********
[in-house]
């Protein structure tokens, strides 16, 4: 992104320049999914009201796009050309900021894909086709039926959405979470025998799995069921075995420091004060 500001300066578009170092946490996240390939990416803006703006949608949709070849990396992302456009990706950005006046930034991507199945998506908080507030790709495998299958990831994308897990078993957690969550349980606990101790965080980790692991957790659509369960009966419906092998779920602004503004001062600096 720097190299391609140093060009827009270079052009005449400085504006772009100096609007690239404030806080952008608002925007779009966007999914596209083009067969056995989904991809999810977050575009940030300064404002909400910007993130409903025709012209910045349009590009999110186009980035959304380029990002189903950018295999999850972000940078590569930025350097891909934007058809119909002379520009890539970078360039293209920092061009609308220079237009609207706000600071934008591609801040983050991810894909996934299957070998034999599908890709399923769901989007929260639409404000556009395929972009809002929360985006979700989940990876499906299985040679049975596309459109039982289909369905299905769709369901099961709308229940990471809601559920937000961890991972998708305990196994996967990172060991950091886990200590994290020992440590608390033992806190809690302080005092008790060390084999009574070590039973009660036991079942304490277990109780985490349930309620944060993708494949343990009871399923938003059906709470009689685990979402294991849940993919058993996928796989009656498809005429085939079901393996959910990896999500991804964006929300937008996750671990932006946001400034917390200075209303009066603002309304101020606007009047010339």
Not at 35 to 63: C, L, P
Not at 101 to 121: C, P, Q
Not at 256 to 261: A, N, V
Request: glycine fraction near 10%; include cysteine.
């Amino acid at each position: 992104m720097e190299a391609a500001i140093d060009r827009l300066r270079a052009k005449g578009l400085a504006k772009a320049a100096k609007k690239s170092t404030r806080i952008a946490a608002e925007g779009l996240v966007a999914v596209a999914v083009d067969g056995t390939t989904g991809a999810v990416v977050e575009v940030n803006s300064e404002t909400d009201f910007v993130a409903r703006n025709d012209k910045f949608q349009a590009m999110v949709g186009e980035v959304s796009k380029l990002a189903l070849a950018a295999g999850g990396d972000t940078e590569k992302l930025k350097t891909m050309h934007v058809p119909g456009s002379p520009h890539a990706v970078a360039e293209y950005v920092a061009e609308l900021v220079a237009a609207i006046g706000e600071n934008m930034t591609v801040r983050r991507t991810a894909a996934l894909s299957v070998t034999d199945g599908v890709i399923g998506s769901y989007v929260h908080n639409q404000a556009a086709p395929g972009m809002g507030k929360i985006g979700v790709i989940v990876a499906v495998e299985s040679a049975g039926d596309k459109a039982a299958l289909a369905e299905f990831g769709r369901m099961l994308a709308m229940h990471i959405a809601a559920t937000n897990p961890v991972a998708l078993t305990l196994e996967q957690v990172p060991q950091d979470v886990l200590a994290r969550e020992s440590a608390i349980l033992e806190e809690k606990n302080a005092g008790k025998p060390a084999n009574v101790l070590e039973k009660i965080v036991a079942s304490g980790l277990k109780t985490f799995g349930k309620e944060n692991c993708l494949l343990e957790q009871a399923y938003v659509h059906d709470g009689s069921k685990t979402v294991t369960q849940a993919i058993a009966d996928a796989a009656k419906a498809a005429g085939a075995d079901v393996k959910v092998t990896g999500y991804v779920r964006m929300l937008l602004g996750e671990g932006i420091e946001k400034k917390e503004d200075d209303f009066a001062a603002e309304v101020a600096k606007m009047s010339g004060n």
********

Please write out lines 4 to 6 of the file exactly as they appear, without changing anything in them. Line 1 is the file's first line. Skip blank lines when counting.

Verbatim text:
Not at 101 to 121: C, P, Q
Not at 256 to 261: A, N, V
Request: glycine fraction near 10%; include cysteine.